From: Hársfalvi Levente (hlpublic_at_freestart.hu)
Date: 2005-08-16 20:59:28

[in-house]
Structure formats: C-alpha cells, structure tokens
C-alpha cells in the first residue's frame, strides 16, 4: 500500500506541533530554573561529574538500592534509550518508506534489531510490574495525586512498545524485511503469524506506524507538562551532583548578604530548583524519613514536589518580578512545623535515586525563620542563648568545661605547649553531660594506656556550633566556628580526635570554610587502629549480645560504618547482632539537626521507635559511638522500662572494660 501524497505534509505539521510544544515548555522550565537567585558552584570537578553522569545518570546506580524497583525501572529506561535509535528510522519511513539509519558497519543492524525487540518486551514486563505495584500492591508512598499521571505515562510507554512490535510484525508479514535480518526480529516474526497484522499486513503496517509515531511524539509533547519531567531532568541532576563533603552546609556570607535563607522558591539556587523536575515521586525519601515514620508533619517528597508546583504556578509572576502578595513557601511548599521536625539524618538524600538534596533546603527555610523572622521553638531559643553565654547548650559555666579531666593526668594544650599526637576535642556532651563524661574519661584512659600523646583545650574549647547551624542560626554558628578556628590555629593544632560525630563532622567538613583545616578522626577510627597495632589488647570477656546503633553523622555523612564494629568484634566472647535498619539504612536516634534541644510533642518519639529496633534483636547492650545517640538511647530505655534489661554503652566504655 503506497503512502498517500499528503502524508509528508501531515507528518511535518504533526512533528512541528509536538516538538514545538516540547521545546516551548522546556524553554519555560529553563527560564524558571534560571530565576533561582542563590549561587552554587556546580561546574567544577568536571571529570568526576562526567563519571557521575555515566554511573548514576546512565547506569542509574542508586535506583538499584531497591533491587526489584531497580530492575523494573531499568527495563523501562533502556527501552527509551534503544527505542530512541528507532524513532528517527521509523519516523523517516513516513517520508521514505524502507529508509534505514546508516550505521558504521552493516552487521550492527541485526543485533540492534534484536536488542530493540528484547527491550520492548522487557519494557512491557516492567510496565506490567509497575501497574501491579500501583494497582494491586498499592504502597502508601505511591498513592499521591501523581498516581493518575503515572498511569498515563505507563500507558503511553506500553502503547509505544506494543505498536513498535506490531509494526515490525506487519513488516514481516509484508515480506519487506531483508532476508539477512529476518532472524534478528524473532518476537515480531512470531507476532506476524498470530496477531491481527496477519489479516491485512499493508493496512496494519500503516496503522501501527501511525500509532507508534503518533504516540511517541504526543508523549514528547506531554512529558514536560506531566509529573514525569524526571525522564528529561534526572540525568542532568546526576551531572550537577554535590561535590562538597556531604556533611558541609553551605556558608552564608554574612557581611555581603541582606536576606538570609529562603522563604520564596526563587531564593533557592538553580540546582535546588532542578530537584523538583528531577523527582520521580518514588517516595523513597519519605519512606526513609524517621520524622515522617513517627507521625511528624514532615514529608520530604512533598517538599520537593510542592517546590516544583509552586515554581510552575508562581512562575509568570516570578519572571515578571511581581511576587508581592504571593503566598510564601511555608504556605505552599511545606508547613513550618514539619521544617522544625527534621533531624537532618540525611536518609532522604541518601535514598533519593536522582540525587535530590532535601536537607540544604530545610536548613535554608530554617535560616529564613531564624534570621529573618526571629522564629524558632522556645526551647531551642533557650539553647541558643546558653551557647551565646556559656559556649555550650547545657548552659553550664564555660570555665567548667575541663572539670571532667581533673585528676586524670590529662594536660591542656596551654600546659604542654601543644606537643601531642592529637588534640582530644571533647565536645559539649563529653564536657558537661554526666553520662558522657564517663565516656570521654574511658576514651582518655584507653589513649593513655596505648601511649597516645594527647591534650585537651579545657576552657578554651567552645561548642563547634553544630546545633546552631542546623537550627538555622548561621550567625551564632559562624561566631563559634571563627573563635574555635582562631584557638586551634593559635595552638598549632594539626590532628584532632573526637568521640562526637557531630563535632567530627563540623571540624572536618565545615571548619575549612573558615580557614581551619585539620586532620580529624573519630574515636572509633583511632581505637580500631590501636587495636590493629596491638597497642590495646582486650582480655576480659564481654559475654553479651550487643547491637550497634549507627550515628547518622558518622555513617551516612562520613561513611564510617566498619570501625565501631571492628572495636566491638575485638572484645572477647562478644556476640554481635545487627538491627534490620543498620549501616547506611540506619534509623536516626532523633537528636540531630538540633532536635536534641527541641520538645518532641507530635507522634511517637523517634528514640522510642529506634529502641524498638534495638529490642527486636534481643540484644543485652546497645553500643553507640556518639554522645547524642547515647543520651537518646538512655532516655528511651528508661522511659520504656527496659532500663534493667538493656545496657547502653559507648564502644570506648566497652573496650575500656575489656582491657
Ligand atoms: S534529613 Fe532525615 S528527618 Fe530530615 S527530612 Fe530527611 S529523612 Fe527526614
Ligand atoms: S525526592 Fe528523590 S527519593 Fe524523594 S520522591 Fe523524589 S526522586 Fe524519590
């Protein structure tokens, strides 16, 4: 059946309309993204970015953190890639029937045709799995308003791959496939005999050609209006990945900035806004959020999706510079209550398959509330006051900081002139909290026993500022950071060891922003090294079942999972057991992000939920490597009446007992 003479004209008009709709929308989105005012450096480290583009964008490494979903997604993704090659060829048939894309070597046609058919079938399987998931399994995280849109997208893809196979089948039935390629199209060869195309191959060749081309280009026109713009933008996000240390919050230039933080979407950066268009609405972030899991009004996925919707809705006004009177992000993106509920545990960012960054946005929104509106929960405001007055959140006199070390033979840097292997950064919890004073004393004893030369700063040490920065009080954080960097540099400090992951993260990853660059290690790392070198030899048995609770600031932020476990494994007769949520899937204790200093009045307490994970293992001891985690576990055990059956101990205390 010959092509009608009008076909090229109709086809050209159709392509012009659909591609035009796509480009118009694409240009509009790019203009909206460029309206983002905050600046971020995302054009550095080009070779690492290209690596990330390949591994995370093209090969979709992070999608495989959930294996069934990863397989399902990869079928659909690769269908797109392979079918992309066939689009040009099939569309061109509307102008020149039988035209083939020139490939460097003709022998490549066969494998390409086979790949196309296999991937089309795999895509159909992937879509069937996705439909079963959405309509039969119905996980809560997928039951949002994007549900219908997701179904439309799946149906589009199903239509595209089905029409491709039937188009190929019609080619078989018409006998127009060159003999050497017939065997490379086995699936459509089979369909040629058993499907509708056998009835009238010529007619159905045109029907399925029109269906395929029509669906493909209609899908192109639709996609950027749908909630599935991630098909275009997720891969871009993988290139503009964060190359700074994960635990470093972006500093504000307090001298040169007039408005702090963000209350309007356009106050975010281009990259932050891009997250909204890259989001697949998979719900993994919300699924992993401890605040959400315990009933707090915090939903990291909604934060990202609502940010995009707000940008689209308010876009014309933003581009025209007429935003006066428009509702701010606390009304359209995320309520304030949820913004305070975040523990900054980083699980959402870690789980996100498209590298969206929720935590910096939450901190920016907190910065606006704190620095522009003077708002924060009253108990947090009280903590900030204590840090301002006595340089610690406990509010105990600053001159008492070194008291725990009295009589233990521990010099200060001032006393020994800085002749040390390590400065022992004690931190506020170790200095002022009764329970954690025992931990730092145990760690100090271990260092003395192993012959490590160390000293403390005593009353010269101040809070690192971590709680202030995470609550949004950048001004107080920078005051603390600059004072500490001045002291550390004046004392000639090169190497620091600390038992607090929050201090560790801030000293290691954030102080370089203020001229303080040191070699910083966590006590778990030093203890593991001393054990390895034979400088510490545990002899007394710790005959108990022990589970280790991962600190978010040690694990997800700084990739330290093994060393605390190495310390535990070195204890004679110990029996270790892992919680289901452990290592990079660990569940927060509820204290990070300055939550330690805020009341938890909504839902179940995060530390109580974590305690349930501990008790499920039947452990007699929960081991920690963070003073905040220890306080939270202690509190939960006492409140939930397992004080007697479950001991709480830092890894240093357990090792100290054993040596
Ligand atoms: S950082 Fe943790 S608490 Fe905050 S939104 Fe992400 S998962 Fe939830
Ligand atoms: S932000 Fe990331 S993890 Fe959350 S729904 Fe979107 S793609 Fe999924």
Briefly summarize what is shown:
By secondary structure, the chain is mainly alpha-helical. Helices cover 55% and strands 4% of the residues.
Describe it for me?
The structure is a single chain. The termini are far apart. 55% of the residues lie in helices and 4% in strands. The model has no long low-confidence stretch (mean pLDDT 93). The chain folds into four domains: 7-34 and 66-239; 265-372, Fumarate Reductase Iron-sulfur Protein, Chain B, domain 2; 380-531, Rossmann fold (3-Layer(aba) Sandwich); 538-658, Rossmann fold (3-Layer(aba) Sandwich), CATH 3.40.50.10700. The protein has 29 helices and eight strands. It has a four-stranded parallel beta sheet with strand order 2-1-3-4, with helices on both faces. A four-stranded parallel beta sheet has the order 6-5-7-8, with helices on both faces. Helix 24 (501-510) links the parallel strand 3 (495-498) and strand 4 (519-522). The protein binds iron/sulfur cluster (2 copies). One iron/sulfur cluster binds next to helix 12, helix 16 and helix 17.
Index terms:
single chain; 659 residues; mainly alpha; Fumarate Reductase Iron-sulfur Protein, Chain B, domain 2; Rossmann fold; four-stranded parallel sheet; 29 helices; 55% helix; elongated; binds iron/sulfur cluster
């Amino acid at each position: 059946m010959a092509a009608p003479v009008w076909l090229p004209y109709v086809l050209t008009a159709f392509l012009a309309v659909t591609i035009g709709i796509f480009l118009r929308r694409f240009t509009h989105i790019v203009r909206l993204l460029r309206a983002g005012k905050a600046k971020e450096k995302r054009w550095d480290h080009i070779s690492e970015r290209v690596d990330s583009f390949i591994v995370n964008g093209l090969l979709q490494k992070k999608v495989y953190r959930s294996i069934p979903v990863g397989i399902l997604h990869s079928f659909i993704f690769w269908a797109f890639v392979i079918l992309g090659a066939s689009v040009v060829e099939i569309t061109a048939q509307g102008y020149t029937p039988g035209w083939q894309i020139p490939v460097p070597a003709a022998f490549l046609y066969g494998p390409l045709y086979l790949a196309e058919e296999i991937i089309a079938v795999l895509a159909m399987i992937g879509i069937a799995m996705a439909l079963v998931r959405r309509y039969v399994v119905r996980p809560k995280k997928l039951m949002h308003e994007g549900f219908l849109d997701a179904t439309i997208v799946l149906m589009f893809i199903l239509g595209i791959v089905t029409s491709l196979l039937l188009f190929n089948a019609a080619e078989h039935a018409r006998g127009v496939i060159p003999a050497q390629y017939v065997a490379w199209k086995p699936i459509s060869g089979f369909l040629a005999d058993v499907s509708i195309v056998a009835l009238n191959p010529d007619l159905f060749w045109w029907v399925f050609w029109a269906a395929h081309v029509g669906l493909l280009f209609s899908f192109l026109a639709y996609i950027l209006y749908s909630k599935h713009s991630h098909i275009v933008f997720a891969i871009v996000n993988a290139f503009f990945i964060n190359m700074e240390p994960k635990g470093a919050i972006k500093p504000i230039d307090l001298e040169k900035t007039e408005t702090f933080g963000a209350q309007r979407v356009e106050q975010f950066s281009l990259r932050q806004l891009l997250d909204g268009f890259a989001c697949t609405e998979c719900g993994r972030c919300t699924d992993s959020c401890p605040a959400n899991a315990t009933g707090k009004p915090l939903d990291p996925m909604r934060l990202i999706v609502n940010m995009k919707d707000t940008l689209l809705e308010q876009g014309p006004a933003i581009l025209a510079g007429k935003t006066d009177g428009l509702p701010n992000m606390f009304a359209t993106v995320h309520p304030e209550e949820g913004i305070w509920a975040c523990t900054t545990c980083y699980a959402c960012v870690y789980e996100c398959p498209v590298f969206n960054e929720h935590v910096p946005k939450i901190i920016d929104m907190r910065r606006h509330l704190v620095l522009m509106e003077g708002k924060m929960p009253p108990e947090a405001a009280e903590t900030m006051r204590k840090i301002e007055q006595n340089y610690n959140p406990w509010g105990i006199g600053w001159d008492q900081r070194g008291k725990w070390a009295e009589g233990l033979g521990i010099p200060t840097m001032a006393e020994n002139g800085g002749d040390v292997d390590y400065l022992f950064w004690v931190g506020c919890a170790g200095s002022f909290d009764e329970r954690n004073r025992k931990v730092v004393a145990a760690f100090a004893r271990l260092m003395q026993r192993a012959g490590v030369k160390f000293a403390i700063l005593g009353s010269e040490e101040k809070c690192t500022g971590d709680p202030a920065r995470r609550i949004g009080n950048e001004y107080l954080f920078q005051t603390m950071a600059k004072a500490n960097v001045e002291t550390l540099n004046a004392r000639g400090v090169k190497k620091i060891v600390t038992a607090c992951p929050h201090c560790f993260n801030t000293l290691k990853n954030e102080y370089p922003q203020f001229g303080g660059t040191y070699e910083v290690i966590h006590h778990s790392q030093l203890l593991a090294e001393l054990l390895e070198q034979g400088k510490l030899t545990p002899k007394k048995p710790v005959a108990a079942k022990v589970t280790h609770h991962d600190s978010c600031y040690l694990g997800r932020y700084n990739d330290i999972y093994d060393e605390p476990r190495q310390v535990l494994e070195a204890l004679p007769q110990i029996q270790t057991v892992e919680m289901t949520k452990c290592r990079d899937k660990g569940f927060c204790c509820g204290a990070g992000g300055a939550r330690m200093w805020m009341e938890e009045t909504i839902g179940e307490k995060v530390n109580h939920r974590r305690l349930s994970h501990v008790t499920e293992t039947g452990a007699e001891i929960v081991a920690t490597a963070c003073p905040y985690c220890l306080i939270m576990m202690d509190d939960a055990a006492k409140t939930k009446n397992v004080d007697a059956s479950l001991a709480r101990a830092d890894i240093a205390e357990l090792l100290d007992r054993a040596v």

Hi!, Marko Mäkelä wrote: > On Tue, Aug 16, 2005 at 07:07:38PM +0200, Laze Ristoski wrote: > >>Loaders usually (probably always) work with equal phases. > > The built-in loader of the Oric-1 works with pulses, not with cycles. > That loader is immune to the polarity of the signal. For some reason, > in my experience some Commodore machines (maybe even the 64) are picky > about signal polarity. I didn't figure out why; I just wanted to make > the C2N232 work. Most non-Commodore computers that used regular tape recorders are like this (for those this is neccessary, as the signal polarity is unknown). But neither those formats are inherently polarity-free; the loaders just detect the polarity from the header signals. The problem with polarity is, that bits are usually encoded by pulse lenghts. Those are measured by the time spent between just one type of signal edges (in c64 this is the falling edge). When signal polarity is swapped, the falling edges will correspond to the half of two consecutive bits pulses, not one full encoded bit. > Also, some fastloaders on the plus/4 work with pulses. What you say > may be true on the Commodore 64, which cannot detect a rising edge > of the CASS READ signal. Well, some really just use "inverted polarity", but most of them are C64 turbo derivatives otherwise (ie. they still use symmetric pulses). > Some audio editors can show the signal in the frequency domain. I > wonder if the quantization errors are significant when sampling at > 48 kHz or more, 16 bits per sample. They aren't. Best regards!, Levente Message was sent through the cbm-hackers mailing list
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